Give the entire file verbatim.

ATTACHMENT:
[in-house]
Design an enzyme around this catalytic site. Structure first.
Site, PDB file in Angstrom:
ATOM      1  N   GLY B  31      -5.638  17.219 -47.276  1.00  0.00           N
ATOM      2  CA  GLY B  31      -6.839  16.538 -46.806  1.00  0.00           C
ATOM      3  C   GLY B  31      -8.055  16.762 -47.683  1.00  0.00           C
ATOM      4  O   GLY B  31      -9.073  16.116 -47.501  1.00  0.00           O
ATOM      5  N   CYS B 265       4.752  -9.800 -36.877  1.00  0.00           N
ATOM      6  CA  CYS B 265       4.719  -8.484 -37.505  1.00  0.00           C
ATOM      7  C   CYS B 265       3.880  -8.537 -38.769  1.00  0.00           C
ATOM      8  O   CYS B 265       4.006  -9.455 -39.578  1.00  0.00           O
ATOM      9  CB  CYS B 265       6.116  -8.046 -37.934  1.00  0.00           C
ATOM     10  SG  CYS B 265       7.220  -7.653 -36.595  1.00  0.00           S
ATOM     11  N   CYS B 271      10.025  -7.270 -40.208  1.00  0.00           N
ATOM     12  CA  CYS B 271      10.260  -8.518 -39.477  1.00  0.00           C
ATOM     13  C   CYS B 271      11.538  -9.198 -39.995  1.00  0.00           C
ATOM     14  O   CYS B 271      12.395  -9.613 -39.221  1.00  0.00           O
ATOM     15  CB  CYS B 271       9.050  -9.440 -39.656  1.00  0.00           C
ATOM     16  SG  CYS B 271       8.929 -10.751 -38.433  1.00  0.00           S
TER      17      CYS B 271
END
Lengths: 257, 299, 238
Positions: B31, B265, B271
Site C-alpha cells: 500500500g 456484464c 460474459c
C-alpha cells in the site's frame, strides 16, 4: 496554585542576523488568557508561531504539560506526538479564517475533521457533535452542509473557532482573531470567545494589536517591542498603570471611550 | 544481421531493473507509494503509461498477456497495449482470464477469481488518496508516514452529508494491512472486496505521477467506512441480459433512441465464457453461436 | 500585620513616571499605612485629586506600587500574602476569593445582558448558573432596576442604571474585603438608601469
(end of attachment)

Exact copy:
[in-house]
Design an enzyme around this catalytic site. Structure first.
Site, PDB file in Angstrom:
ATOM      1  N   GLY B  31      -5.638  17.219 -47.276  1.00  0.00           N
ATOM      2  CA  GLY B  31      -6.839  16.538 -46.806  1.00  0.00           C
ATOM      3  C   GLY B  31      -8.055  16.762 -47.683  1.00  0.00           C
ATOM      4  O   GLY B  31      -9.073  16.116 -47.501  1.00  0.00           O
ATOM      5  N   CYS B 265       4.752  -9.800 -36.877  1.00  0.00           N
ATOM      6  CA  CYS B 265       4.719  -8.484 -37.505  1.00  0.00           C
ATOM      7  C   CYS B 265       3.880  -8.537 -38.769  1.00  0.00           C
ATOM      8  O   CYS B 265       4.006  -9.455 -39.578  1.00  0.00           O
ATOM      9  CB  CYS B 265       6.116  -8.046 -37.934  1.00  0.00           C
ATOM     10  SG  CYS B 265       7.220  -7.653 -36.595  1.00  0.00           S
ATOM     11  N   CYS B 271      10.025  -7.270 -40.208  1.00  0.00           N
ATOM     12  CA  CYS B 271      10.260  -8.518 -39.477  1.00  0.00           C
ATOM     13  C   CYS B 271      11.538  -9.198 -39.995  1.00  0.00           C
ATOM     14  O   CYS B 271      12.395  -9.613 -39.221  1.00  0.00           O
ATOM     15  CB  CYS B 271       9.050  -9.440 -39.656  1.00  0.00           C
ATOM     16  SG  CYS B 271       8.929 -10.751 -38.433  1.00  0.00           S
TER      17      CYS B 271
END
Lengths: 257, 299, 238
Positions: B31, B265, B271
Site C-alpha cells: 500500500g 456484464c 460474459c
C-alpha cells in the site's frame, strides 16, 4: 496554585542576523488568557508561531504539560506526538479564517475533521457533535452542509473557532482573531470567545494589536517591542498603570471611550 | 544481421531493473507509494503509461498477456497495449482470464477469481488518496508516514452529508494491512472486496505521477467506512441480459433512441465464457453461436 | 500585620513616571499605612485629586506600587500574602476569593445582558448558573432596576442604571474585603438608601469